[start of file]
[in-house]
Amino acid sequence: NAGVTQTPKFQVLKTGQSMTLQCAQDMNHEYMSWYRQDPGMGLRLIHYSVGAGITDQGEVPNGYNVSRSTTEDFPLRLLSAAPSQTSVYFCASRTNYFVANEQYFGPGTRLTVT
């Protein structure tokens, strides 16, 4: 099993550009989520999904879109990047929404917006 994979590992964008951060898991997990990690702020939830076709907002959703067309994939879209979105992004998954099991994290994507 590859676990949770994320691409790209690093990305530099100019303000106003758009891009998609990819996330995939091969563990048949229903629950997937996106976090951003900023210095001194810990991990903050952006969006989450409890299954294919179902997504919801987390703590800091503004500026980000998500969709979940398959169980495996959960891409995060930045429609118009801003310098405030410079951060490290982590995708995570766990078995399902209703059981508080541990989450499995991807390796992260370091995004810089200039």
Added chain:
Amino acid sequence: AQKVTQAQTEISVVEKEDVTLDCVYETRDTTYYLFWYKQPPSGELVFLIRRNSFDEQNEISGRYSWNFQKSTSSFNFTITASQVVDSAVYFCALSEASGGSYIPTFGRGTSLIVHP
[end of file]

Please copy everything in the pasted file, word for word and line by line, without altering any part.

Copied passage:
[in-house]
Amino acid sequence: NAGVTQTPKFQVLKTGQSMTLQCAQDMNHEYMSWYRQDPGMGLRLIHYSVGAGITDQGEVPNGYNVSRSTTEDFPLRLLSAAPSQTSVYFCASRTNYFVANEQYFGPGTRLTVT
């Protein structure tokens, strides 16, 4: 099993550009989520999904879109990047929404917006 994979590992964008951060898991997990990690702020939830076709907002959703067309994939879209979105992004998954099991994290994507 590859676990949770994320691409790209690093990305530099100019303000106003758009891009998609990819996330995939091969563990048949229903629950997937996106976090951003900023210095001194810990991990903050952006969006989450409890299954294919179902997504919801987390703590800091503004500026980000998500969709979940398959169980495996959960891409995060930045429609118009801003310098405030410079951060490290982590995708995570766990078995399902209703059981508080541990989450499995991807390796992260370091995004810089200039």
Added chain:
Amino acid sequence: AQKVTQAQTEISVVEKEDVTLDCVYETRDTTYYLFWYKQPPSGELVFLIRRNSFDEQNEISGRYSWNFQKSTSSFNFTITASQVVDSAVYFCALSEASGGSYIPTFGRGTSLIVHP